“God who answers, would you who makes water break forth from rock, remind us that you are a God who responds to our exhaustion and defeat? Help us to trust your promise. There are times it feels like our present reality will always be. It becomes difficult to dream. Our imaginations for healing are far too small. Let our ancestors lead us to the rock, go with us to the rock, knowing they hold memory for us, increasing our memory and resolve. Let them remind us as you have reminded them that we have not been forgotten.” Cole Arthur Riley, creator of @BlackLiturgies
Pause + Breathe:: DOWNLOAD the Advent calendar + devotional journaling guide.
Jeremiah uses the Hebrew word mikveh (from the root word qava, meaning to wait or look eagerly for, to bind or gather together) in the sense of "hope," while at the same time connecting it with "living water":
“O Hope (mikveh) of Israel, its Savior in time of distress, why are you like a stranger in the land or like a traveler who has pitched his tent for the night?” (Jeremiah 14:8).
O LORD, the Hope (mikveh) of Israel, all who forsake you will be ashamed... because they have forsaken the LORD, the fountain of living water (Jeremiah 17:13).
“All who came upon them have devoured them; and their adversaries have said, ‘We are not guilty, inasmuch as they have sinned against the LORD who is the habitation of righteousness, even the LORD, the Hope (mikveh) of their fathers...’ (Jeremiah 50:7).
Prayer:: Excerpts from an Advent Homily given by Rev. Dr. Wil Gafney:
We are waiting
We are waiting in the dark
We are waiting in the holy darkness
We are waiting in the womb of God
Between this Advent and the next
We are waiting. We are waiting for Christmas. We are waiting for the end of the semester. We are waiting for this calendar year to be over. We are waiting for one heck of a New Year’s Eve party.
We are waiting for Jesus. We are waiting for Jesus to come back. And while we wait, we wait with Jesus, in this world that needs him still.
We are a waiting church. In the gospel, John is waiting for Jesus and urging the people to wait for the kiss of the Holy Spirit….
We are waiting. We are waiting for Jesus. We are waiting for Jesus to come back. And while we wait, we wait with Jesus, in this world that needs him still. We need Jesus, still. He came to us to be with us as we are that we might be as he is.
And while we wait between this Advent and the next, we have work to do. We have work to do in the world and work to do in ourselves. Like the Israelites, we inhabit a world in need of transformation. We have an opportunity to rebuild and renew, forge new relationships, and strengthen existing bonds.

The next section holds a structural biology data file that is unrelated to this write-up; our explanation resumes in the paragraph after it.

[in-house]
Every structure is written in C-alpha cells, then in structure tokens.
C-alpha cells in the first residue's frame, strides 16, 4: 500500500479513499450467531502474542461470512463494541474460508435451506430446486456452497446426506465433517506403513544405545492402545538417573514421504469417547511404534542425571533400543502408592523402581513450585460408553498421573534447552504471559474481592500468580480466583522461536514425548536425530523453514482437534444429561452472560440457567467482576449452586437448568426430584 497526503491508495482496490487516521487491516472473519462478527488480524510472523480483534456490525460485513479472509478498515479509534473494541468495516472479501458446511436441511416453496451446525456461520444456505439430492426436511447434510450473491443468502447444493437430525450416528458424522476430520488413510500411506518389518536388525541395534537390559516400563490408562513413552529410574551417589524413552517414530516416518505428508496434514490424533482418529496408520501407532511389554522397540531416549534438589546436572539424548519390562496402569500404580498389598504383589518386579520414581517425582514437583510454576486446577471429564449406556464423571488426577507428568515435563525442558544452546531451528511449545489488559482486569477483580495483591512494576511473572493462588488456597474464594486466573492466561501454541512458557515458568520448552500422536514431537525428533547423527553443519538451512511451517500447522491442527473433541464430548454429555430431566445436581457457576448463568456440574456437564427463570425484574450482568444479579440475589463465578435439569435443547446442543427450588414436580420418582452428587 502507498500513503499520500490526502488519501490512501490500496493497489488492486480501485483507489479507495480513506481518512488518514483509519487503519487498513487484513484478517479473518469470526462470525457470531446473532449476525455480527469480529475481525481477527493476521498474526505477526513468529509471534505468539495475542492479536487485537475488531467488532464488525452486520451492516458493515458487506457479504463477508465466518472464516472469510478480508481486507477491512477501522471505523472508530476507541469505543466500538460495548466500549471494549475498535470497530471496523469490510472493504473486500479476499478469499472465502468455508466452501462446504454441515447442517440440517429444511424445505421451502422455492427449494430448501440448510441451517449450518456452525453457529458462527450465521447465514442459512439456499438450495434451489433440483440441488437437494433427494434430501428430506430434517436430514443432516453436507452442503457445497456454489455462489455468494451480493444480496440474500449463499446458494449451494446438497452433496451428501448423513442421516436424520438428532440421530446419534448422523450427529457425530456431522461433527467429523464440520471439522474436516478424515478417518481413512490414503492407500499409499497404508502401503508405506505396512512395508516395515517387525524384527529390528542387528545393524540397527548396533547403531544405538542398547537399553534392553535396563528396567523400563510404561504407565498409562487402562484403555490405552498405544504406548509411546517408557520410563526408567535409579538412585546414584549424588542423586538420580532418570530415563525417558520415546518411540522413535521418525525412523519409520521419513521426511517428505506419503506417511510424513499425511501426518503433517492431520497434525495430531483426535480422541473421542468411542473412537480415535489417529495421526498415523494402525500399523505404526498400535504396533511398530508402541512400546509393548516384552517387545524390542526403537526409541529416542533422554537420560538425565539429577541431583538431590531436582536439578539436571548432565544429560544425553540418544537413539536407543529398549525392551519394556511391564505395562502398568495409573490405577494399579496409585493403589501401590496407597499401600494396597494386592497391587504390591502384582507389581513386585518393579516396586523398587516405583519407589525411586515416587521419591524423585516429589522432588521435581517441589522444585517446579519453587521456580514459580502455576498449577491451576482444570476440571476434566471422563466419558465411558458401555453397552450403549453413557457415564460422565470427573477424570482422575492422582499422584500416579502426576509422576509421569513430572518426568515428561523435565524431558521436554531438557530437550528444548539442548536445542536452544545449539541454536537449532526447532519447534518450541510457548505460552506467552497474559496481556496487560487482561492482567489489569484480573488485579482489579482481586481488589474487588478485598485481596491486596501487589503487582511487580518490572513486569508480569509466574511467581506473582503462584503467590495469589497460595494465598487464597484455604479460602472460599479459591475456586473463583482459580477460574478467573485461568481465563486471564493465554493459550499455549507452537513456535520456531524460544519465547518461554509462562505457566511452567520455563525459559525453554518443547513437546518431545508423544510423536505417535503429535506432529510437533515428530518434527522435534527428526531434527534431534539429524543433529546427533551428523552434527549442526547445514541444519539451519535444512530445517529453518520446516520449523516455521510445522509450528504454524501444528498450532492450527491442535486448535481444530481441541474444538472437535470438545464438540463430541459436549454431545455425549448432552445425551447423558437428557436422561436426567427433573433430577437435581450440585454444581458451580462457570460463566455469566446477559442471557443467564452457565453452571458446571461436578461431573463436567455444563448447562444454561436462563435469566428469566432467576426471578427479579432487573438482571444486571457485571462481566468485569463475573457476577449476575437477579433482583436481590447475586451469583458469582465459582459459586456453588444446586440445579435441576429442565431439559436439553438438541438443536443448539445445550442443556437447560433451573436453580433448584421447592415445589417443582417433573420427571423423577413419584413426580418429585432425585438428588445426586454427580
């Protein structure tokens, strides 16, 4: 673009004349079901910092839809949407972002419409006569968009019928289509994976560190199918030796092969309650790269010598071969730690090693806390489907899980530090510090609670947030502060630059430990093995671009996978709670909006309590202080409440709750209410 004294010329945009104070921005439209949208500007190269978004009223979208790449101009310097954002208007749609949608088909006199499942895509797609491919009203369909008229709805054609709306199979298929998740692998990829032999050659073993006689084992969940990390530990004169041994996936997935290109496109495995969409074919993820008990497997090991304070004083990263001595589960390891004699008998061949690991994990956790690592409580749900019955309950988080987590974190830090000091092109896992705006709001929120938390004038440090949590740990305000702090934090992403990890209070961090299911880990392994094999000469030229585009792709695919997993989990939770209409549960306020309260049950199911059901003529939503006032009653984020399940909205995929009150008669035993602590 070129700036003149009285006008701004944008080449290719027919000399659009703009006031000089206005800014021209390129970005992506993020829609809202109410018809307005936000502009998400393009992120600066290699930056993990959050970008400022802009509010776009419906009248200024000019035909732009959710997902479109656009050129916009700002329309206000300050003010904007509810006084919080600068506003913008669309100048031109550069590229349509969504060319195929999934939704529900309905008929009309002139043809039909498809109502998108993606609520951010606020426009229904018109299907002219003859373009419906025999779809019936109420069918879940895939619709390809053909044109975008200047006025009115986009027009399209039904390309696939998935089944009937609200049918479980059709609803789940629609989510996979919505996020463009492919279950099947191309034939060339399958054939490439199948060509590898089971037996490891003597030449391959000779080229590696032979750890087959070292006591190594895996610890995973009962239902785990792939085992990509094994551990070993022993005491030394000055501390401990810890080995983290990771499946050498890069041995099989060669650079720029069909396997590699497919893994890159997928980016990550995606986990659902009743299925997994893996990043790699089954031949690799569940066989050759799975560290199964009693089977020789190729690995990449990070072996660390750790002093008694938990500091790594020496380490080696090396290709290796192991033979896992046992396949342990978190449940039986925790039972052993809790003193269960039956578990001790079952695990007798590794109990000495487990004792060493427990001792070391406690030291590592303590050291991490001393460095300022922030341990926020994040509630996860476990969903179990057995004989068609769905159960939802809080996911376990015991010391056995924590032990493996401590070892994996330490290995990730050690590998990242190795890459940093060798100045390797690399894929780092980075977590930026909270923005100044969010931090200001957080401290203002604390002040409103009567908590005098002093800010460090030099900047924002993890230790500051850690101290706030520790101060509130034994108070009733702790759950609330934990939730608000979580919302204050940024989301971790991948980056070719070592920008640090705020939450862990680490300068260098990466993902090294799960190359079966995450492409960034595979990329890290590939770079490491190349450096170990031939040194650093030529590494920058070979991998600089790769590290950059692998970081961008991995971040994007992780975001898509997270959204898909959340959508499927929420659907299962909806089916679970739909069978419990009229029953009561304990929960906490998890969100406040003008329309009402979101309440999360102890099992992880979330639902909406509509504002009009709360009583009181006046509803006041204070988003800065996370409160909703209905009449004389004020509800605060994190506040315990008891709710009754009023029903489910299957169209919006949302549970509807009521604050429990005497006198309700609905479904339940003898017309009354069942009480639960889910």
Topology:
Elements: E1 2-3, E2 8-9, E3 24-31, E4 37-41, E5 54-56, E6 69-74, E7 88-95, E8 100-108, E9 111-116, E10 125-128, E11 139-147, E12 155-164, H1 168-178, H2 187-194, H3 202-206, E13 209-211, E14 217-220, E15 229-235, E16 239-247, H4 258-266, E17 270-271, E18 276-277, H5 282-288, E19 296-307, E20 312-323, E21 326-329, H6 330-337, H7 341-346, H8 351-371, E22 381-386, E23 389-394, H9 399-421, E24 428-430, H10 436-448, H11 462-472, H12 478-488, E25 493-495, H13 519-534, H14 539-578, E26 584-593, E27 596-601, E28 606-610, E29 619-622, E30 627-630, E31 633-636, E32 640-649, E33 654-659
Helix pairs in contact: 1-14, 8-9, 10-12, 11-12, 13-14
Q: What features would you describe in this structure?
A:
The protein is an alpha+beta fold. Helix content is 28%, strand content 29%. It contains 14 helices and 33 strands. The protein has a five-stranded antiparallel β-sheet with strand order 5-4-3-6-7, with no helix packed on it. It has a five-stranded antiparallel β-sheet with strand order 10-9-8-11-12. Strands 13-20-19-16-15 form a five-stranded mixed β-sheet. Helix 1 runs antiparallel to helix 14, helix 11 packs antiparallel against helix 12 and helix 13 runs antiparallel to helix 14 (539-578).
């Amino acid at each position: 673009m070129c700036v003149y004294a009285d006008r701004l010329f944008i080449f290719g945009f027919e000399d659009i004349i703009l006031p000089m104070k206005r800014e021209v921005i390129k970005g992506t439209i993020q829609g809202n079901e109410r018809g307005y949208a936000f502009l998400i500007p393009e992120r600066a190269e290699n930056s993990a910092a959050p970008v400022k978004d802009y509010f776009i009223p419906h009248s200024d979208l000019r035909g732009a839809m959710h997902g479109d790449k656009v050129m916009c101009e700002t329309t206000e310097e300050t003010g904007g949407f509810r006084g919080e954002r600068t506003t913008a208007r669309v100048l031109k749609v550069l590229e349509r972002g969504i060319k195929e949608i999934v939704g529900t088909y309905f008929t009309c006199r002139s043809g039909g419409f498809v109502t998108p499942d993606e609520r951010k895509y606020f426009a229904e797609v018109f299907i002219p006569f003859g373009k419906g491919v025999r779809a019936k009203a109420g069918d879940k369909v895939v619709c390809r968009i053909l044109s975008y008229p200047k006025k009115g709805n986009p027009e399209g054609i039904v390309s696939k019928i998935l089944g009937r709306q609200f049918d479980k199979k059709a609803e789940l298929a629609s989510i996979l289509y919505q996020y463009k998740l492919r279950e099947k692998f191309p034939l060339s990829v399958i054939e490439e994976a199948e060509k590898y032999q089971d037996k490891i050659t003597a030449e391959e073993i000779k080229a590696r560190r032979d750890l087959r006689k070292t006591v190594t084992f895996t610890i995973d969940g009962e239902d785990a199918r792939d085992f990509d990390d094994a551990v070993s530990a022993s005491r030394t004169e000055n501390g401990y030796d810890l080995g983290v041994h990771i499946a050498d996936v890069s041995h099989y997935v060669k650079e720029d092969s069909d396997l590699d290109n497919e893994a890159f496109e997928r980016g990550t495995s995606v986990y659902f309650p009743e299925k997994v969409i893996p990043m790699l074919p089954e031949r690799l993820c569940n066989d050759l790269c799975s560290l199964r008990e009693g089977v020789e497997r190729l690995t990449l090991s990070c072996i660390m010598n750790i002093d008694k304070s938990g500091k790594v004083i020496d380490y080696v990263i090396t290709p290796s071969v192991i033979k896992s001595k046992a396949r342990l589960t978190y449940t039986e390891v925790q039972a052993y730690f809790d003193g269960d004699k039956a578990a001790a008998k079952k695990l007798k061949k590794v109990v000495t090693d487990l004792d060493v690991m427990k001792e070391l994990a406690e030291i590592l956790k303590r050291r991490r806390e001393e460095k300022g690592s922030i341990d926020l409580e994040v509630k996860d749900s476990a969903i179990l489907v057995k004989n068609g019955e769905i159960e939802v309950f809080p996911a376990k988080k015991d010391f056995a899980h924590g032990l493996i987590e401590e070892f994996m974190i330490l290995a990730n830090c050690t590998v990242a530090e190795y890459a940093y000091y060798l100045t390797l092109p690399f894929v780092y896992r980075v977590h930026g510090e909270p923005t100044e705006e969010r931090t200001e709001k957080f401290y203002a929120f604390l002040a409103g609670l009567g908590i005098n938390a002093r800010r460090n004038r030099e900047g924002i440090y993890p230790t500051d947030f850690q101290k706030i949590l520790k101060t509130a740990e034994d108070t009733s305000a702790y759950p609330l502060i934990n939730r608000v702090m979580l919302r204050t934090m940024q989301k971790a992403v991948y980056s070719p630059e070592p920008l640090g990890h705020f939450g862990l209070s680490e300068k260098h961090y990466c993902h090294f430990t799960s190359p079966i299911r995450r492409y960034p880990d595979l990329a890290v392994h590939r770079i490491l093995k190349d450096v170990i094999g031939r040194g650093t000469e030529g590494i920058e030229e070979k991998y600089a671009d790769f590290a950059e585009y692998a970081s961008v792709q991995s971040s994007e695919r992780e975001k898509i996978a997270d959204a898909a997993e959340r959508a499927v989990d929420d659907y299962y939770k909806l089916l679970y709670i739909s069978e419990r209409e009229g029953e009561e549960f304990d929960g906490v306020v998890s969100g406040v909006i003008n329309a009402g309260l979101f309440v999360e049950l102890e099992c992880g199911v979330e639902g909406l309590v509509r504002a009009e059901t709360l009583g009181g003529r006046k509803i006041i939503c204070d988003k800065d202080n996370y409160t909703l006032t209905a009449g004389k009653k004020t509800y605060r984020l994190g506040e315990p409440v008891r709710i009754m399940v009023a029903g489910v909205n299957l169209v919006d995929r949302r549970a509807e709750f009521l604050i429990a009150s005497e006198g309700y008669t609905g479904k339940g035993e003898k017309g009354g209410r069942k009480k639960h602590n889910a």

And in the words of the epistle, this waiting time is a measure of grace that we might repent and prepare our hearts for that which we await: God is not slow about the promise of God, as some think of slowness, but is patient with you, not wanting any to perish, but all to come to repentance.
Even God is waiting.
And one day, our wait will be over. We shall see God, see and be seen, know and be known. And our joy will ring out like the prophet on the hills.
Our wait will be over and we shall be home, heart-close, in the bosom of God. Amen.
Ponder:: Depth like this requires us to scuba dive. To be clear, the beauty of going deep isn't necessarily a comfortable place, oftentimes, it's a brutally raw place, but it can be a conforming + comforting place; it certainly was conforming and soul shaping for Jeremiah and the other exiles.
Our tears of joy + sadness can be a symbolic reminder of mikveh—they are living waters that flow from our connected depths. Tears that water the seed of what we hope for. Because what you hope for, you live for. And what you live for shapes your decisions + life.
In this place of spiritual deluge, Hope's depth was where the presence of God's Peace (Shalom) was completing a good work in Jeremiah's lamenting generation, as it is doing so in our generation. And so, we wait in our sacred scuba gear.
Because what you hope for, you live for. And what you live for shapes your decisions + life.
Shallow water may be safer, but the humble descent into Hope ironically elevates and offers the worshiper the privilege to behold the stunning and the undiminishing beauty of a benevolent God who self-discloses to us in unlikely places.
Read + Ruminate:: Read Genesis 38 - Hope in the Story of Tamar’s Justice
Listen:: to the Mohawkmomma Soul Podcast episode for the reflection of Genesis 38.
Until next time,
Scribble. Speak. From your soul.
Links for further discovery
Visit the Advent series page. Next, we will open another Advent door... Peace
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LEAVE A COMMENT: What has been your recent experience with the living waters of Hope?
Know that uncomfortable places aren't void of comfort. We just have to look closely underneath the surface where hope is at work. Where is hope at work in you?